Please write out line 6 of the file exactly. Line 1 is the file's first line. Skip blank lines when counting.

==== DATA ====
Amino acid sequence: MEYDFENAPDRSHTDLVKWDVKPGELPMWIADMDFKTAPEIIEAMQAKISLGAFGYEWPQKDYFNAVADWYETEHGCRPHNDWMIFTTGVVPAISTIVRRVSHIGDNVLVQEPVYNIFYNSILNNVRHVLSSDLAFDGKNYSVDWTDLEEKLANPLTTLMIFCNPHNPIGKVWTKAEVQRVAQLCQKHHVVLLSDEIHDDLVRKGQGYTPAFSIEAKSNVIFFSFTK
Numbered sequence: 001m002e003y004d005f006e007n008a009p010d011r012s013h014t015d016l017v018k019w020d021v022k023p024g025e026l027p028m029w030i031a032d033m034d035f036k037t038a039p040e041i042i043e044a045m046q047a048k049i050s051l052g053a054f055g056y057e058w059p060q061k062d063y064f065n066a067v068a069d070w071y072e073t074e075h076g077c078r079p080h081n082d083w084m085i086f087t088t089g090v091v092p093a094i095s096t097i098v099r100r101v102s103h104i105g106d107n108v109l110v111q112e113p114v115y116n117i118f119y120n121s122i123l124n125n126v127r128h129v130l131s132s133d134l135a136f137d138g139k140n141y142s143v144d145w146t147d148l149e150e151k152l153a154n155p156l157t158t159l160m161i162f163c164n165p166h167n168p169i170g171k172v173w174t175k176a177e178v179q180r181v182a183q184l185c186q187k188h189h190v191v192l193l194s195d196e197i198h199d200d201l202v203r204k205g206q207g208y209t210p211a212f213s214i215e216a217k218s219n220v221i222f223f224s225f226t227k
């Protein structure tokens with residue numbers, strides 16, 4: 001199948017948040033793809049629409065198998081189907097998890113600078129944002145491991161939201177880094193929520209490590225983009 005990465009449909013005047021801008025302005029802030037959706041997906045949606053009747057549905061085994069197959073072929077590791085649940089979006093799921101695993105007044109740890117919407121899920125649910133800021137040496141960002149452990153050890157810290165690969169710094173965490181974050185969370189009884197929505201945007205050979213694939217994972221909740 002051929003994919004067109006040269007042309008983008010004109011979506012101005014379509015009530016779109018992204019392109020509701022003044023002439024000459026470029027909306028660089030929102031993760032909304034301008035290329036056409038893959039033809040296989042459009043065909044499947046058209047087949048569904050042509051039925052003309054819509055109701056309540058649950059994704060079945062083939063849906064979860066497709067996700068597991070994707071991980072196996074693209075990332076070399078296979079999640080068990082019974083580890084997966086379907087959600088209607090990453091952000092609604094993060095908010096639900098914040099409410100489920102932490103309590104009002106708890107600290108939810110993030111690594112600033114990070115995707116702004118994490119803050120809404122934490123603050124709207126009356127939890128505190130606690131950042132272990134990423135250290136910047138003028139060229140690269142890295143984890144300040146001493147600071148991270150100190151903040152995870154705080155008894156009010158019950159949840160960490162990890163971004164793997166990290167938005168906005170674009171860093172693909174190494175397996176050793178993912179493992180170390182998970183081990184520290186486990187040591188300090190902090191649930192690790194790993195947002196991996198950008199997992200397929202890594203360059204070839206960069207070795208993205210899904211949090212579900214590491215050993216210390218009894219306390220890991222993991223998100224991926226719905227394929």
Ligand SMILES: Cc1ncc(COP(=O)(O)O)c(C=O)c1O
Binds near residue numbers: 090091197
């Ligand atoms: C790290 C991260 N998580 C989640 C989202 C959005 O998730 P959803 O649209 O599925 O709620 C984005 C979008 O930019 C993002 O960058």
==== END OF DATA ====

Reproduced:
């Ligand atoms: C790290 C991260 N998580 C989640 C989202 C959005 O998730 P959803 O649209 O599925 O709620 C984005 C979008 O930019 C993002 O960058």